Calcium Oxalate Urolithiasis: A Case of Missing Microbes?

J Endourol 2018 11 20;32(11):995-1005. Epub 2018 Oct 20.

1 Department of Urology, Cleveland Clinic , Cleveland, Ohio.

Introduction: Urinary stone disease (USD) has known associations with the gut microbiota. Approximately 80% of kidney stones contain oxalate as a primary constituent and diverse oxalate-degrading bacteria exist within the human gut, which may protect against USD. Although bacteriotherapy represents a promising strategy to eliminate oxalate and reduce the risk of USD, oxalate-degrading probiotics have had limited success. To identify limitations of oxalate-degrading probiotics and refine development of bacteriotherapies to prevent USD, we review the literature associated with the gut microbiota and USD.

Materials And Methods: A literature search was performed to identify publications that examine the role of oxalate-degrading bacteria or the whole gut microbiota in oxalate metabolism and the pathophysiology of USD. We conducted a meta-analysis of studies that examined the association of the whole gut microbiota with USD. In addition, we evaluated the gut microbiota of healthy individuals and those with comorbidities related to USD using publically available data from the American Gut Project (AGP).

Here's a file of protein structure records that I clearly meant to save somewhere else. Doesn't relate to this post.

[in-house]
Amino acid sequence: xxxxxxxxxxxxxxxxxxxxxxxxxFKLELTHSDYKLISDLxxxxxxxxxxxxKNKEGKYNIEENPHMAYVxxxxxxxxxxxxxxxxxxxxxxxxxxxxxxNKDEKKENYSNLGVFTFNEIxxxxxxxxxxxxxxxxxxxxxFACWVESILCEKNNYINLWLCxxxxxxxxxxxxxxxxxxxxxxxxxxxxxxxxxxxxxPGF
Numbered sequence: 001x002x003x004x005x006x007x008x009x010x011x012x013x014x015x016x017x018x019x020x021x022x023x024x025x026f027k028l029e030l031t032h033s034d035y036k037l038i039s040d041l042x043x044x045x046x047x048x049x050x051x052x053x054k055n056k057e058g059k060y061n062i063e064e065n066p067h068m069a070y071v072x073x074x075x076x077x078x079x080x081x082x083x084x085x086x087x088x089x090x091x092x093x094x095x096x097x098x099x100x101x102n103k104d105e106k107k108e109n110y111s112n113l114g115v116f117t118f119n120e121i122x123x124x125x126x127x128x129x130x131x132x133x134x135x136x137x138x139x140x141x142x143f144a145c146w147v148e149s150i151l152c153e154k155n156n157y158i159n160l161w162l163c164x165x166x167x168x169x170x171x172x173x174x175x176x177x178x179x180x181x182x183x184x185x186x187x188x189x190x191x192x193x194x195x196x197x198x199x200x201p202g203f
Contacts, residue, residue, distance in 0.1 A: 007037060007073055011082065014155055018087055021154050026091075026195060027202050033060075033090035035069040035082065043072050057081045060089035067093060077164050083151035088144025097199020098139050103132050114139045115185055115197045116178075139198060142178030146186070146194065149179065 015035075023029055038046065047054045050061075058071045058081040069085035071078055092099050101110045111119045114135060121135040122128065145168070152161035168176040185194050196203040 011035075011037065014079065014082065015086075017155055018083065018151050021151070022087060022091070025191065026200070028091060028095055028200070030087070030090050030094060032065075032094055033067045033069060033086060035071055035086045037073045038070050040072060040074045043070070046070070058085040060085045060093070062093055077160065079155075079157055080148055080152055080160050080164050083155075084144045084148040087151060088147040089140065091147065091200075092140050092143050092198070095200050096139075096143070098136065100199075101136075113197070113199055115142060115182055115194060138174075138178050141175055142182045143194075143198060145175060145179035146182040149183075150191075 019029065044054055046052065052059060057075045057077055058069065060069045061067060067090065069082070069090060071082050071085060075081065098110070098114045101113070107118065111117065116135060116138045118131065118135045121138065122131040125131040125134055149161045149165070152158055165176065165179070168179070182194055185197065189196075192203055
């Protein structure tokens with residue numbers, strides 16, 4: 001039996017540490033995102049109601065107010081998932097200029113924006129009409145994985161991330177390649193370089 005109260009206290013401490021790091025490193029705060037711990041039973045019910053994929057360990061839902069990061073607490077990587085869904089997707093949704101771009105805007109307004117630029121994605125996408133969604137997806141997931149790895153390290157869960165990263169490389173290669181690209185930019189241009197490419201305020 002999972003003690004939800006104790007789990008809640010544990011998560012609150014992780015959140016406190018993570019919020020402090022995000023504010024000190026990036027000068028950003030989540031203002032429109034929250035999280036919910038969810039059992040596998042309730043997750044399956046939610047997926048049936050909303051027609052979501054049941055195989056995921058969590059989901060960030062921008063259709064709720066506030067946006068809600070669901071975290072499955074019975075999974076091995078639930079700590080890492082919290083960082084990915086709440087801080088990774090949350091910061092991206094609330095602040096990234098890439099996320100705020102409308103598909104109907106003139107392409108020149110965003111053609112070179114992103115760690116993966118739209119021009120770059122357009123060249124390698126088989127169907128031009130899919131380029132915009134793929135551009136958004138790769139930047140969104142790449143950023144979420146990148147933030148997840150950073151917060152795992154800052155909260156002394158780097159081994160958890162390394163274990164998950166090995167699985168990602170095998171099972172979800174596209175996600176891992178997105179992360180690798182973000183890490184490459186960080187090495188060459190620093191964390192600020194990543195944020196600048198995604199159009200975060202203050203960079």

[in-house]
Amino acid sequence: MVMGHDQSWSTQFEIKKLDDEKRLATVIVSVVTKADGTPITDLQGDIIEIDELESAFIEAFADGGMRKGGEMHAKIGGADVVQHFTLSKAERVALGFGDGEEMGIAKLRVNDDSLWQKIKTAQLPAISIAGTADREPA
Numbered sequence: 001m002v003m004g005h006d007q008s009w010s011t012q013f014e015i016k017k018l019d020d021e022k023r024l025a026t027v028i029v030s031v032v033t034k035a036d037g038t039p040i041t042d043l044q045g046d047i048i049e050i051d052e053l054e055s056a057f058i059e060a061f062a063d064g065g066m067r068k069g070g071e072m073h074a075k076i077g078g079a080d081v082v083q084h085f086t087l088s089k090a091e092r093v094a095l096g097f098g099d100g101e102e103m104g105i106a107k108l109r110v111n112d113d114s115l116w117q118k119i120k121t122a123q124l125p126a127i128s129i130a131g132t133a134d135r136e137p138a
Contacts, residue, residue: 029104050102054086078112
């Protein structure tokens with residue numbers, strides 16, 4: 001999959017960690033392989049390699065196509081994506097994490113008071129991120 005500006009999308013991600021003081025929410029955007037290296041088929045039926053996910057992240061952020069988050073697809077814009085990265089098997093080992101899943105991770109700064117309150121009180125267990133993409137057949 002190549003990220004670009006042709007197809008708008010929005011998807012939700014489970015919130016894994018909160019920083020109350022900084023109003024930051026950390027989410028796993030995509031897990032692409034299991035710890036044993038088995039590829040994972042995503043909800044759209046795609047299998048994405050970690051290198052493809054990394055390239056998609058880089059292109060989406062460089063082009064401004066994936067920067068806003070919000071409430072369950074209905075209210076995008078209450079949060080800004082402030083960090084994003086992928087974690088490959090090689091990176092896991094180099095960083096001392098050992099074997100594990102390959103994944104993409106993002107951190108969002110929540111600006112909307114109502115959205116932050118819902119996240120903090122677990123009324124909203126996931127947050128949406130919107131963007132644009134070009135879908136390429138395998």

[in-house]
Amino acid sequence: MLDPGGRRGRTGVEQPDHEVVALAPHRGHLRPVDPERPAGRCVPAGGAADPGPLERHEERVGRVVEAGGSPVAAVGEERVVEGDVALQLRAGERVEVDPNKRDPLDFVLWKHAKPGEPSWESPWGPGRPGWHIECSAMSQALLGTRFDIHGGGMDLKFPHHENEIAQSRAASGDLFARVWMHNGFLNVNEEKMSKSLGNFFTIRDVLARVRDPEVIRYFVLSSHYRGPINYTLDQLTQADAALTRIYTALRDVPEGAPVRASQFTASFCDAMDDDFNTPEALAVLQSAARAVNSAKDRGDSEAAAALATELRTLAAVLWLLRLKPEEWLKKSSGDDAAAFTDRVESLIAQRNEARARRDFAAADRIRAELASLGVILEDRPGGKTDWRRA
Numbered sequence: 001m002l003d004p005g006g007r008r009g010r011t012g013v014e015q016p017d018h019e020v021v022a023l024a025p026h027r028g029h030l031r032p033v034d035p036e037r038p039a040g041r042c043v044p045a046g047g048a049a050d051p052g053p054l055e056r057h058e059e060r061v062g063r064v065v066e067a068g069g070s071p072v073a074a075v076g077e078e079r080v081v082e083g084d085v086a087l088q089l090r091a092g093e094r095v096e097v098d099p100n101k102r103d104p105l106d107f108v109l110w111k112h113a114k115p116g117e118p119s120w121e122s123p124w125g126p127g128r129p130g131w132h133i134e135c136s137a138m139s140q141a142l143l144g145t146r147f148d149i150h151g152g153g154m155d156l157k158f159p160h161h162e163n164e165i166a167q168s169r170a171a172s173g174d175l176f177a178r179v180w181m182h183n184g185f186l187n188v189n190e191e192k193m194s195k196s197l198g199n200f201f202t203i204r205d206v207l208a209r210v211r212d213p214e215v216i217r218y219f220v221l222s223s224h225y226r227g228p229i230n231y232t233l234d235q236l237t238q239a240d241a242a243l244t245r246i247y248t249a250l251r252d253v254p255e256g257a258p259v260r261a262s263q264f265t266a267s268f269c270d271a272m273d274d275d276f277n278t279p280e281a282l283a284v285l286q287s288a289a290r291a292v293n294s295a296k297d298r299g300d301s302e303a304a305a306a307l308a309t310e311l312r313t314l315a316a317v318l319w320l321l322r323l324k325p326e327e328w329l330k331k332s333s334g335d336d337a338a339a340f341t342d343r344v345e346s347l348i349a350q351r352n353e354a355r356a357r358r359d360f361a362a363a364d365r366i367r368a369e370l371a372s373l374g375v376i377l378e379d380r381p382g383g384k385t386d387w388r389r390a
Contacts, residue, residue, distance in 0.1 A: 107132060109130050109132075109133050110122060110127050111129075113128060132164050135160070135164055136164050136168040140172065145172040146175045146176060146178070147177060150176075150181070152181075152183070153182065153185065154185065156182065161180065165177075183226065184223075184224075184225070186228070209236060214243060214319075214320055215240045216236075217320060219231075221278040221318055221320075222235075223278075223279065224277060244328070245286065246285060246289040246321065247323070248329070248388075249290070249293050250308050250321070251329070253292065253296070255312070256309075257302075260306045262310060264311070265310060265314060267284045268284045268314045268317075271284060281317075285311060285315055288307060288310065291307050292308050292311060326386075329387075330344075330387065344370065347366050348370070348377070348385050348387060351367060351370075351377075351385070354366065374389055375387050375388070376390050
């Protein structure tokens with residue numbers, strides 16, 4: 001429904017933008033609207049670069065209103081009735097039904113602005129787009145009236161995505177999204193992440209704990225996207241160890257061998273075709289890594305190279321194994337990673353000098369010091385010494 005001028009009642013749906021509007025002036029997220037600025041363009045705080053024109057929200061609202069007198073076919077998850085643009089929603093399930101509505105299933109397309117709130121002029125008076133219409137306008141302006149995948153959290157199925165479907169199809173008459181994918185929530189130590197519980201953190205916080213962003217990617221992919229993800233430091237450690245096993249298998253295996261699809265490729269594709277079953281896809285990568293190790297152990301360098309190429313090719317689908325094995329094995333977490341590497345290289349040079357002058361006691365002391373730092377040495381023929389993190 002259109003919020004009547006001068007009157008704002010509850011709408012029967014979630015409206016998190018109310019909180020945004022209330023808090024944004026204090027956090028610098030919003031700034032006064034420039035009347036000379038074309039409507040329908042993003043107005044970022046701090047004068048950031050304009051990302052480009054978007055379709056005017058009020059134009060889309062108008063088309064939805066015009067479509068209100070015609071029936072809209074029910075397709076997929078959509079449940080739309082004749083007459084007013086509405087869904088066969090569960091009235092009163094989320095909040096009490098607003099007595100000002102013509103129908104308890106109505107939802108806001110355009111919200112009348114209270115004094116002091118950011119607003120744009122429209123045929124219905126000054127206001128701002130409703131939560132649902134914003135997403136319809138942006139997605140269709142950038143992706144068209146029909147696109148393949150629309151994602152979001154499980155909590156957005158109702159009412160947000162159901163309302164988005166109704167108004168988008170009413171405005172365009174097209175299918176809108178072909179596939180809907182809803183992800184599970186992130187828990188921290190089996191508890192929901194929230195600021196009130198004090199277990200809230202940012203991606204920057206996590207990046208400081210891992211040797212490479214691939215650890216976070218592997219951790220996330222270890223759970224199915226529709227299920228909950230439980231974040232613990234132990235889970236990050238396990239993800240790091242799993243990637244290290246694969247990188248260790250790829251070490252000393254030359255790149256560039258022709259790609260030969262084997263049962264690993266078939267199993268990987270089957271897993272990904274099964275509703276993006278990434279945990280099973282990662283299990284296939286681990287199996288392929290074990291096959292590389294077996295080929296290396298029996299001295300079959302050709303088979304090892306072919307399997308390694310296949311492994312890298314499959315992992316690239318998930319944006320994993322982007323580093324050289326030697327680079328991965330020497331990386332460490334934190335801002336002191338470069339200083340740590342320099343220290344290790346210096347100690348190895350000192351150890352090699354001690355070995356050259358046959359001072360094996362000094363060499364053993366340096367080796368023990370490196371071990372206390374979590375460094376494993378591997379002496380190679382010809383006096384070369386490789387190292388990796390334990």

Results: Studies on Oxalobacter formigenes reveal that colonization by this species is not a good predictor of USD risk or urinary oxalate excretion. The species of oxalate-degrading bacteria used in probiotics and duration of administration do not impact efficacy or persistence. Studies focused on the whole gut microbiota reveal broad shifts in the gut microbiota associated with USD and a diverse microbial network is associated with oxalate metabolism. AGP data analysis demonstrated a strong overlap in microbial genera depleted in diseased individuals among USD and comorbidities.

Conclusions: The associations between the gut microbiota and USD extend beyond individual functional microbial species. Common shifts in the gut microbiota may facilitate the onset of USD and/or comorbidities. The successful development of bacteriotherapies to inhibit USD will need to incorporate strategies that target a broad diversity of bacteria rather than focus on a few specialist species.

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http://dx.doi.org/10.1089/end.2018.0294DOI Listing
November 2018
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